Supreme Court Asked to Review Puerto Rico Court Actions in Church Plan Case

A judge ordered the Archdiocese of San Juan to pay $4.7 million to teachers whose pension plan had been terminated, and the Archdiocese claims that since then, the Puerto Rico government has seized assets from entities not related to the plan.

The Roman Catholic Archdiocese of San Juan, Puerto Rico, has filed a petition for writ of certiorari with the U.S. Supreme Court over actions taken by the Supreme Court of Puerto Rico in a case regarding a terminated pension plan.

Following a decline in enrollment in Catholic schools as residents left the territory due to a 12-year recession, and the exacerbation of the problem due to Hurricane Maria, in 2016, the archdiocese notified several hundred teachers that their pension payments were being stopped because payouts exceeded contributions. The teachers filed a lawsuit, and in 2018, a judge ordered the archdiocese to pay $4.7 million to both retired and active teachers.

Among other things, the teachers’ alleged in their original complaint that the multiemployer plan set up by the church for Catholic school employees elected to be an Employee Retirement Income Security Act (ERISA) plan, but plan fiduciaries, including service providers, failed to comply with ERISA.

According to the petition to the U.S. Supreme Court, following the court decision, the Puerto Rico Supreme Court proceeded to declare every single Catholic entity in Puerto Rico—including the Roman Catholic Archdiocese of San Juan, five separate Roman Catholic dioceses, all 338 parishes, and all other Catholic entities on the island—part of one monolithic (and, in both Church doctrine and secular reality, nonexistent) entity dubbed the “Roman Catholic and Apostolic Church in Puerto Rico.” Most of these entities did not participate in the Church Pension Plan.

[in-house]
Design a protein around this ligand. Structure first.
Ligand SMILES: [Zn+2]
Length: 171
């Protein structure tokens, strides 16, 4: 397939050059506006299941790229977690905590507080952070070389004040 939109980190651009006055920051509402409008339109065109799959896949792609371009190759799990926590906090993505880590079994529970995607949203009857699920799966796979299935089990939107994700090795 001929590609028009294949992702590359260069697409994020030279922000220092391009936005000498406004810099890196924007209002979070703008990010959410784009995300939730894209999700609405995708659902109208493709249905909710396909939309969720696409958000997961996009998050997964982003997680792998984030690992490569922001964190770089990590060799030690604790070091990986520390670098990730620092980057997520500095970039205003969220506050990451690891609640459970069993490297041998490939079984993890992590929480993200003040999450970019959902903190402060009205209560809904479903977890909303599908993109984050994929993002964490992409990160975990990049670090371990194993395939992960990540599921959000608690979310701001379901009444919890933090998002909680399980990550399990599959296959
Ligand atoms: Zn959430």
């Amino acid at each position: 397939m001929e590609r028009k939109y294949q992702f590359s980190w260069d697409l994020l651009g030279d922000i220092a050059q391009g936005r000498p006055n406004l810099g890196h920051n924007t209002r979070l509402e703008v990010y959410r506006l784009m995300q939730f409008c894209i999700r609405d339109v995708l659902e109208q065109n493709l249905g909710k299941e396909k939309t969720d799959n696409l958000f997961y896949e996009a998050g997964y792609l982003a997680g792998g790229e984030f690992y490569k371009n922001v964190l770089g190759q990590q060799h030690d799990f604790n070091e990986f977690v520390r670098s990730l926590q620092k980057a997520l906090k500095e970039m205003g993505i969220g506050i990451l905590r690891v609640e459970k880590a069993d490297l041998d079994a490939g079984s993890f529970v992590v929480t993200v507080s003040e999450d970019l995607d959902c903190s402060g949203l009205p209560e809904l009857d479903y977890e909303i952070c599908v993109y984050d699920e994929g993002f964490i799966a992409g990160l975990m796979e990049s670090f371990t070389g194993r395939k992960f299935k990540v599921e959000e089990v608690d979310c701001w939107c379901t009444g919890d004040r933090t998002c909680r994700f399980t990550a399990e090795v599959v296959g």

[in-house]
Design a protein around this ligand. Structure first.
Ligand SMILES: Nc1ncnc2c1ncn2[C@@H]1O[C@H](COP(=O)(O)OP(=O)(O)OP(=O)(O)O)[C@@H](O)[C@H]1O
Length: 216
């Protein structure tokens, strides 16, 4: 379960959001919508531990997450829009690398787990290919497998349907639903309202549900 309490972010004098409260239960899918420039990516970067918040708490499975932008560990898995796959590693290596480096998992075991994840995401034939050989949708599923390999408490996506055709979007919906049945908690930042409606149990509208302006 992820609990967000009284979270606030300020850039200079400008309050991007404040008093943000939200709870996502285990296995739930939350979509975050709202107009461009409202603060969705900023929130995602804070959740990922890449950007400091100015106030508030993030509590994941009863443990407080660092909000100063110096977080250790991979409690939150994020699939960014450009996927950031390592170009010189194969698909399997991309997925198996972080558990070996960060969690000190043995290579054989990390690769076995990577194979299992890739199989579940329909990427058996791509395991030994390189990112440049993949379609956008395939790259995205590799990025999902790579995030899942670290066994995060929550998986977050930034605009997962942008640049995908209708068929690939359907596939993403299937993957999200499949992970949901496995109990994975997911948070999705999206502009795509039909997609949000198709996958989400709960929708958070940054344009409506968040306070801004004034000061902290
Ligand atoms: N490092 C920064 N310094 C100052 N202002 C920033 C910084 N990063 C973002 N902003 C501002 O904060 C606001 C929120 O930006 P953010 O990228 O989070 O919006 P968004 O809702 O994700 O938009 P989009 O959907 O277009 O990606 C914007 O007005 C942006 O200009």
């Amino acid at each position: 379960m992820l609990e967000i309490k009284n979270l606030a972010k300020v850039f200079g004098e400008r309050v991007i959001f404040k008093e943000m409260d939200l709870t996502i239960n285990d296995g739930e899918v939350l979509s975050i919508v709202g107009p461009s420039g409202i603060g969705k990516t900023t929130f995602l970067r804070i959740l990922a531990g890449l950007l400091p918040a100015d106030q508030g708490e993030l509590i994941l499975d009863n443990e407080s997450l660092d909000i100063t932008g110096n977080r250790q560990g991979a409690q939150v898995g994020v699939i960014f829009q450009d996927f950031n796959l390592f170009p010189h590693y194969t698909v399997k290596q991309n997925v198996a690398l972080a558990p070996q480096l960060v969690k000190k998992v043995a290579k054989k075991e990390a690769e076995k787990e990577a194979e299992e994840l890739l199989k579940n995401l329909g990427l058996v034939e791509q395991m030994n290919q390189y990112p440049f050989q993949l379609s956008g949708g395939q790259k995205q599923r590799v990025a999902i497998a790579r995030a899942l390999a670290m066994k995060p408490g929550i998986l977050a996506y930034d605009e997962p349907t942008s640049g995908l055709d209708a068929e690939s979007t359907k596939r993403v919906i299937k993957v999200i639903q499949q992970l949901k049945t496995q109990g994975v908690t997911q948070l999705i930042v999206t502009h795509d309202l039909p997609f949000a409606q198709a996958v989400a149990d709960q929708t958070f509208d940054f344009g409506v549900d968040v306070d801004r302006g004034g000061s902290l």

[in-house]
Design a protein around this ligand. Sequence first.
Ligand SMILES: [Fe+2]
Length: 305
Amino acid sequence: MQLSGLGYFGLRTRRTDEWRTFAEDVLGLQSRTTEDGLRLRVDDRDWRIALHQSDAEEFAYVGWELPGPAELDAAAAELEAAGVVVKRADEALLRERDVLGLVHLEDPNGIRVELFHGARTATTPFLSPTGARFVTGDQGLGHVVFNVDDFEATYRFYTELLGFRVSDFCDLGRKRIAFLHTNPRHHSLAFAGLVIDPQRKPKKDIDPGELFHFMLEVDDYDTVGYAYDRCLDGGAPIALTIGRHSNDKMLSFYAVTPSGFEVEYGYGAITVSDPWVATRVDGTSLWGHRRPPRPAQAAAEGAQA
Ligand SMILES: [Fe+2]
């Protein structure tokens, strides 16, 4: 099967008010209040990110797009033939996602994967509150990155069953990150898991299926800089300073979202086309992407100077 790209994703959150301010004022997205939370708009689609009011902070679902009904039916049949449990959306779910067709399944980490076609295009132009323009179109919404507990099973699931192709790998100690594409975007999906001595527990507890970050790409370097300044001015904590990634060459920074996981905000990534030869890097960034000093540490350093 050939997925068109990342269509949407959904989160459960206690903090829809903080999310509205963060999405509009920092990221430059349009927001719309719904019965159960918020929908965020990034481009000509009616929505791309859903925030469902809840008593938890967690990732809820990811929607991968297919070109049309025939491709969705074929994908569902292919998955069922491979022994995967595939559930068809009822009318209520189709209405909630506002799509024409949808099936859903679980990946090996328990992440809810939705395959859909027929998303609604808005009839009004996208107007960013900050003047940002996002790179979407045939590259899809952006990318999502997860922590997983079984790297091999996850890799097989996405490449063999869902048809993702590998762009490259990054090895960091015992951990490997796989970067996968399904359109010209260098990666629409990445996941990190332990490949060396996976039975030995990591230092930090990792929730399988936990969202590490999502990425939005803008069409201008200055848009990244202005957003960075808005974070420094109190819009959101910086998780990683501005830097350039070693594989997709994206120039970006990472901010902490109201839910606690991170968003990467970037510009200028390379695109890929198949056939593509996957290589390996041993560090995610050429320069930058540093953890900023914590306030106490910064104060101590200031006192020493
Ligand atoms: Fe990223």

The Archdiocese of San Juan said the Puerto Rico Supreme Court decision represents an unprecedented intrusion on the First Amendment rights of religious organizations. “It has been settled law for 150 years that civil courts lack the power to intrude on matters of church structure and governance, as to do anything but defer to a church’s own views on such matters would raise grave concerns under both the Free Exercise Clause and the Establishment Clause. The Puerto Rico Supreme Court not only ignored those principles, but got them exactly backwards, viewing itself as not just empowered, but obligated, to ignore the Catholic Church’s own canon law establishing the many constituent parts of the Church as distinct legal entities,” the petition says.

The Archdiocese alleges that based on a refusal to defer to the separate nature of the various Catholic entities on the island, a sheriff was ordered to “open doors, break locks, or force entry … night or day” into Catholic churches throughout Puerto Rico and seize and sell off artwork, furniture, and anything else of value unless and until the nonexistent “Roman Catholic and Apostolic Church in Puerto Rico” supplied $4.7 million to fund the pension obligations of three Catholic schools whose pension plan has run out of money. “The resulting seizure of critical assets of churches and other Catholic entities throughout the island has forced the Archdiocese into bankruptcy and dramatically interfered with the ability of Catholic entities to minister to the faithful, provide for their employees, and provide social services desperately needed by the people of Puerto Rico,” the petition says.

The petition is asking the U.S. Supreme Court to answer the question: “Whether the First Amendment empowers courts to override the chosen legal structure of a religious organization and declare all of its constituent parts a single legal entity subject to joint and several liability.”